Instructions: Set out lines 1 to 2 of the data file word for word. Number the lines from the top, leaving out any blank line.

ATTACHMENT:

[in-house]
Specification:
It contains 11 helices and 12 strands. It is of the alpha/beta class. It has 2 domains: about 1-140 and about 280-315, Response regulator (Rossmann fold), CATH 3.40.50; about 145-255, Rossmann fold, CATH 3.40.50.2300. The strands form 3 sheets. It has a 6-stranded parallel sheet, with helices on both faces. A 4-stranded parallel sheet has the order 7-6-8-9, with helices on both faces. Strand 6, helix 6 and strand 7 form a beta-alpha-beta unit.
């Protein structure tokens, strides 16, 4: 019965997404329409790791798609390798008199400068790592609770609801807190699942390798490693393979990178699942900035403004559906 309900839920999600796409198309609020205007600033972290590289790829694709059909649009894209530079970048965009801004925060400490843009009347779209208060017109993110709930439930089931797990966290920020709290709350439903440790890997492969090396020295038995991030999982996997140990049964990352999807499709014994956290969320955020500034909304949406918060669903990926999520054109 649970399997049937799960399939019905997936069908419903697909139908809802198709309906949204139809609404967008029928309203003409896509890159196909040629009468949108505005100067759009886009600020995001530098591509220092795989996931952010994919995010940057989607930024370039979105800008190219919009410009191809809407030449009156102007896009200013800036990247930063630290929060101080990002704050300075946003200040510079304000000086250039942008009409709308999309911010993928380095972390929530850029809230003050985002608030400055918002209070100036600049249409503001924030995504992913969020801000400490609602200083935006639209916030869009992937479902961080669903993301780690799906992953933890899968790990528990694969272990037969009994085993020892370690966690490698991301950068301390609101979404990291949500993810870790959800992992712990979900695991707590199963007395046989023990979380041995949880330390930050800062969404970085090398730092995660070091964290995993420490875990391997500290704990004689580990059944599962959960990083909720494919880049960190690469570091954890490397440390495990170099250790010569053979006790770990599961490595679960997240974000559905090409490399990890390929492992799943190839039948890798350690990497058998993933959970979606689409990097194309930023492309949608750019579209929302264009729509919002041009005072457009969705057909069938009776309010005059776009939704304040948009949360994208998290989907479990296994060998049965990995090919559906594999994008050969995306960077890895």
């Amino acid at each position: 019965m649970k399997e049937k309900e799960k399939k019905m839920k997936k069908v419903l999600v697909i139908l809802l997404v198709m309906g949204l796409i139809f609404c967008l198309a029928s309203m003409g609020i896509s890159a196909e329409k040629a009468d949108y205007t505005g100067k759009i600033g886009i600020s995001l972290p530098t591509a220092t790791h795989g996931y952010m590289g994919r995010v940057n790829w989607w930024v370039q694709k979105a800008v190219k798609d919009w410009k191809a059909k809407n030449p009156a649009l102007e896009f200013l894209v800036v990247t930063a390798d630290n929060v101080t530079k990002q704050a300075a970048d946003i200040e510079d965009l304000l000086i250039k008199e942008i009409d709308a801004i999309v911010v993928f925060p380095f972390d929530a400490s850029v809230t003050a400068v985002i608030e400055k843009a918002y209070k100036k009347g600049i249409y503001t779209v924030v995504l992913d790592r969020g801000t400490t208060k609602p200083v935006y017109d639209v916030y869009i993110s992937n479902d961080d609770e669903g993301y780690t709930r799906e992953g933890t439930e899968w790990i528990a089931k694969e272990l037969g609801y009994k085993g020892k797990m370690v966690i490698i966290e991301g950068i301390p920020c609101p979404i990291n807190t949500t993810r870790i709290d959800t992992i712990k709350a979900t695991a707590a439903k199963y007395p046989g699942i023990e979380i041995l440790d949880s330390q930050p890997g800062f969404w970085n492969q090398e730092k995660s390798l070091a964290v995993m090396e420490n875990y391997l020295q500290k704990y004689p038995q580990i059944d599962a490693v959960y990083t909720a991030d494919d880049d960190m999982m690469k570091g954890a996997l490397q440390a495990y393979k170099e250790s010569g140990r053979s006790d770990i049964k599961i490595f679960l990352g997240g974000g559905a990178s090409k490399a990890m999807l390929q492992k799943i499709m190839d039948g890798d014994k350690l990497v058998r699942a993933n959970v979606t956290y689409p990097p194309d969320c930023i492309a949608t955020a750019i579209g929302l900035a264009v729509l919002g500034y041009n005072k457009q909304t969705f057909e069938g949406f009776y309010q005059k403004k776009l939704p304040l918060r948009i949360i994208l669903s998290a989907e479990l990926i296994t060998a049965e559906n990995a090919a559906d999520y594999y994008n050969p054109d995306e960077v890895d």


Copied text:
[in-house]
Specification: